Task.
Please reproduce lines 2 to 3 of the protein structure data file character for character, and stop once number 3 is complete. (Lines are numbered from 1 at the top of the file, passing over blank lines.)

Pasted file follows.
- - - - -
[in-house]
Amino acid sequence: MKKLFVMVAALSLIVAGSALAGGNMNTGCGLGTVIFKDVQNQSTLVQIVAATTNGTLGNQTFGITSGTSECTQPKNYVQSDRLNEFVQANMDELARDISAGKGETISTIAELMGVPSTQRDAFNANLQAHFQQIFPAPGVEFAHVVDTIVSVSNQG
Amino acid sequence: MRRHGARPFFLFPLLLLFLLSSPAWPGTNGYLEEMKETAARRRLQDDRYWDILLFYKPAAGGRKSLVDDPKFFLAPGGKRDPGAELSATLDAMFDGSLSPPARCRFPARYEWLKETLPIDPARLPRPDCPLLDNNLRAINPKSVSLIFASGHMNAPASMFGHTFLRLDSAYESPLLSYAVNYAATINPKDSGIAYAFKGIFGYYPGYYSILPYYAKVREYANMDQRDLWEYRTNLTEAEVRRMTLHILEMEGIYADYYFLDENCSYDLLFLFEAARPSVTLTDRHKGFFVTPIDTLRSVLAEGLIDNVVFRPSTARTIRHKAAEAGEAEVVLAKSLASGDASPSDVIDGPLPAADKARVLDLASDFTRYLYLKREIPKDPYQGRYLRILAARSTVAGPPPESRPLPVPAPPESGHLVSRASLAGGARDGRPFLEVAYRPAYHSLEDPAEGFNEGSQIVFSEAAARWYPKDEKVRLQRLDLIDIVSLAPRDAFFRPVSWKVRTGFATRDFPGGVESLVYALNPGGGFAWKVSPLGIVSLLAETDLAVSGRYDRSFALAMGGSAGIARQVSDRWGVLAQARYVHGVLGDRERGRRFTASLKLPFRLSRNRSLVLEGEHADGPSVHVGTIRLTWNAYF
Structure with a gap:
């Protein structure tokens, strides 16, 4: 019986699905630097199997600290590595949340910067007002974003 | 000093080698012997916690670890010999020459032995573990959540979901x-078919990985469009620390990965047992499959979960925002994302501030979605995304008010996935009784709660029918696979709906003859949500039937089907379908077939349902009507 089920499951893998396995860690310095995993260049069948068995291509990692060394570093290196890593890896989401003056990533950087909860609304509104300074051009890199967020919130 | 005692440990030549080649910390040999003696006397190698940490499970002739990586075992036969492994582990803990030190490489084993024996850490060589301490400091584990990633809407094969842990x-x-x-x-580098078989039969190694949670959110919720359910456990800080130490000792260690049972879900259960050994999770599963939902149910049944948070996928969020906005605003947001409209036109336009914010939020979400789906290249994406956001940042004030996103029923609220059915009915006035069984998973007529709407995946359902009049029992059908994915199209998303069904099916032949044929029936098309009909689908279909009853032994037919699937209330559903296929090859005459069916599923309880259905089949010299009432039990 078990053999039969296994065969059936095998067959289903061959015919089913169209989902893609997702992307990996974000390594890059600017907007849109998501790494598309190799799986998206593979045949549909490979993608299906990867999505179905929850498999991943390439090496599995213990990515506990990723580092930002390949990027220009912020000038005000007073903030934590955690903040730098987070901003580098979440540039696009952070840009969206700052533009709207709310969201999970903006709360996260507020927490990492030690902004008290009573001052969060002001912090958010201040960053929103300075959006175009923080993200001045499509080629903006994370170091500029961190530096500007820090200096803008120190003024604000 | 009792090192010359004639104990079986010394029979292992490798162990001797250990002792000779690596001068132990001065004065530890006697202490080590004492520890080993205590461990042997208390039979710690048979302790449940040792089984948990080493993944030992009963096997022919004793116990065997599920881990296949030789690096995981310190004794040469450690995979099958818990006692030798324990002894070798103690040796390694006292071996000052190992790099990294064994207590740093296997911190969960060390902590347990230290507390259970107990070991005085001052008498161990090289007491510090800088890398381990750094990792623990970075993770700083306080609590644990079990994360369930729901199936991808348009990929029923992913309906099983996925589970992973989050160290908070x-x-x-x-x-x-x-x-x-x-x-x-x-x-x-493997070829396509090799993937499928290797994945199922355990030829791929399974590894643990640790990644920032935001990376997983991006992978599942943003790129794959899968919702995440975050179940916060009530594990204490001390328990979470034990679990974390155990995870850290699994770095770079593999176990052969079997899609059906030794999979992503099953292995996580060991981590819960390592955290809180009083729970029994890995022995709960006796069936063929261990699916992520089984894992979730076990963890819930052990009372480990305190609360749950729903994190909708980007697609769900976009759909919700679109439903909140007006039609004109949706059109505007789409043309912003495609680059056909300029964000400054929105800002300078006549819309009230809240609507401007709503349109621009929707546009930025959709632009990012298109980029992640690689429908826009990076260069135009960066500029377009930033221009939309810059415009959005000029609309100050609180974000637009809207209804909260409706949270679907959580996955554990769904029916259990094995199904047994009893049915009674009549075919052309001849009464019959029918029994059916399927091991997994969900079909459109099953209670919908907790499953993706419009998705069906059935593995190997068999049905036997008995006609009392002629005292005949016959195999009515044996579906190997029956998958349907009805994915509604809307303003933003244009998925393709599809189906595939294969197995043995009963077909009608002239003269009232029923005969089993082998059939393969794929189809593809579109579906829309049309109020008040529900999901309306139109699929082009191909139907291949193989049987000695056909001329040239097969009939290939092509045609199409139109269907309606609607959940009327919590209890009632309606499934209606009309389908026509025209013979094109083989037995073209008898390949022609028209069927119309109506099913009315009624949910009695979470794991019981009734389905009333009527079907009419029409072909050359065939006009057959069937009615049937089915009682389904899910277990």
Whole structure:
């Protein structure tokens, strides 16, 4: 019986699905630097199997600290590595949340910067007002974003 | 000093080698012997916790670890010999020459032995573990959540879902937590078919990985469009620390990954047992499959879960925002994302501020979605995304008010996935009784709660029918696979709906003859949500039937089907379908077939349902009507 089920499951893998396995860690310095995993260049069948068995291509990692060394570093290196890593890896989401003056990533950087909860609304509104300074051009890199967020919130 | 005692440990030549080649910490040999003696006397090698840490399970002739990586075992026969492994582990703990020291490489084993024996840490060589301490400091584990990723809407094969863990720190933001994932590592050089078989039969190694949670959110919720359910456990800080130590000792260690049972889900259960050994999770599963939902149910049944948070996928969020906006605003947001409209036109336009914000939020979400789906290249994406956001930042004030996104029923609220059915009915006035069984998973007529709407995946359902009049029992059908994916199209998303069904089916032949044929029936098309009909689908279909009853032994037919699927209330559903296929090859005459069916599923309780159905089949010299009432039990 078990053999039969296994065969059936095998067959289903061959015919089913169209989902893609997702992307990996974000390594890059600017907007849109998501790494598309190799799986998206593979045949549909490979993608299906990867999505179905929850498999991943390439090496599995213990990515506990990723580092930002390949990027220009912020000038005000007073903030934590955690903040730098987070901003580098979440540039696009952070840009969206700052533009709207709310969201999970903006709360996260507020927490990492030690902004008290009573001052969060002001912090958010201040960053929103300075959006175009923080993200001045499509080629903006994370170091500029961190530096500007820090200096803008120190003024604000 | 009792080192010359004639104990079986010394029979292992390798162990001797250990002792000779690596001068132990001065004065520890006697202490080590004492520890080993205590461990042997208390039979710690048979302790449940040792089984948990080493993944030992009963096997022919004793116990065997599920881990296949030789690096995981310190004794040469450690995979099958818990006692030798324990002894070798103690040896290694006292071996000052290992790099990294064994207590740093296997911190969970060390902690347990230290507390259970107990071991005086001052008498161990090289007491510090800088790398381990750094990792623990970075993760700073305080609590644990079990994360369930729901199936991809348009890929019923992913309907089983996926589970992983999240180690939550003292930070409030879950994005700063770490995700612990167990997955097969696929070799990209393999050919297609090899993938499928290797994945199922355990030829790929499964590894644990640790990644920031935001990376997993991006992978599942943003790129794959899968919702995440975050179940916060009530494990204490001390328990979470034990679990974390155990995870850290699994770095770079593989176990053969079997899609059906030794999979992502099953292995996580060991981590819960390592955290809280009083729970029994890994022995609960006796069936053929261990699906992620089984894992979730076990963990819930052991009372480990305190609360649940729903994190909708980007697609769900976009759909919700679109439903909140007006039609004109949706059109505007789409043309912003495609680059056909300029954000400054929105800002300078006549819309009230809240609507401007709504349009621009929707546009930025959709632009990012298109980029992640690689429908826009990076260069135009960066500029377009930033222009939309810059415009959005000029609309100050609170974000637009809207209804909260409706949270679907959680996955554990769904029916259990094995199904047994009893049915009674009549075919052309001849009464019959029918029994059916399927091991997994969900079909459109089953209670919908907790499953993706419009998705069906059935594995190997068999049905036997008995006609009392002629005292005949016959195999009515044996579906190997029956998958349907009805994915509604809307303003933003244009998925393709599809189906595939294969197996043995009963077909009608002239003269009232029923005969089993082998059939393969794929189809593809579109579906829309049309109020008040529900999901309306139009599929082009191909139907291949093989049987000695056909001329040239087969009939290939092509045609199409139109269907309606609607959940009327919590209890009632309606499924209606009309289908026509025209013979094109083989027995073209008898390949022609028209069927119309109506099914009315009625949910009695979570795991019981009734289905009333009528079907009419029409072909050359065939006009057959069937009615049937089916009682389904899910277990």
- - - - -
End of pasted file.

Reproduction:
Amino acid sequence: MKKLFVMVAALSLIVAGSALAGGNMNTGCGLGTVIFKDVQNQSTLVQIVAATTNGTLGNQTFGITSGTSECTQPKNYVQSDRLNEFVQANMDELARDISAGKGETISTIAELMGVPSTQRDAFNANLQAHFQQIFPAPGVEFAHVVDTIVSVSNQG
Amino acid sequence: MRRHGARPFFLFPLLLLFLLSSPAWPGTNGYLEEMKETAARRRLQDDRYWDILLFYKPAAGGRKSLVDDPKFFLAPGGKRDPGAELSATLDAMFDGSLSPPARCRFPARYEWLKETLPIDPARLPRPDCPLLDNNLRAINPKSVSLIFASGHMNAPASMFGHTFLRLDSAYESPLLSYAVNYAATINPKDSGIAYAFKGIFGYYPGYYSILPYYAKVREYANMDQRDLWEYRTNLTEAEVRRMTLHILEMEGIYADYYFLDENCSYDLLFLFEAARPSVTLTDRHKGFFVTPIDTLRSVLAEGLIDNVVFRPSTARTIRHKAAEAGEAEVVLAKSLASGDASPSDVIDGPLPAADKARVLDLASDFTRYLYLKREIPKDPYQGRYLRILAARSTVAGPPPESRPLPVPAPPESGHLVSRASLAGGARDGRPFLEVAYRPAYHSLEDPAEGFNEGSQIVFSEAAARWYPKDEKVRLQRLDLIDIVSLAPRDAFFRPVSWKVRTGFATRDFPGGVESLVYALNPGGGFAWKVSPLGIVSLLAETDLAVSGRYDRSFALAMGGSAGIARQVSDRWGVLAQARYVHGVLGDRERGRRFTASLKLPFRLSRNRSLVLEGEHADGPSVHVGTIRLTWNAYF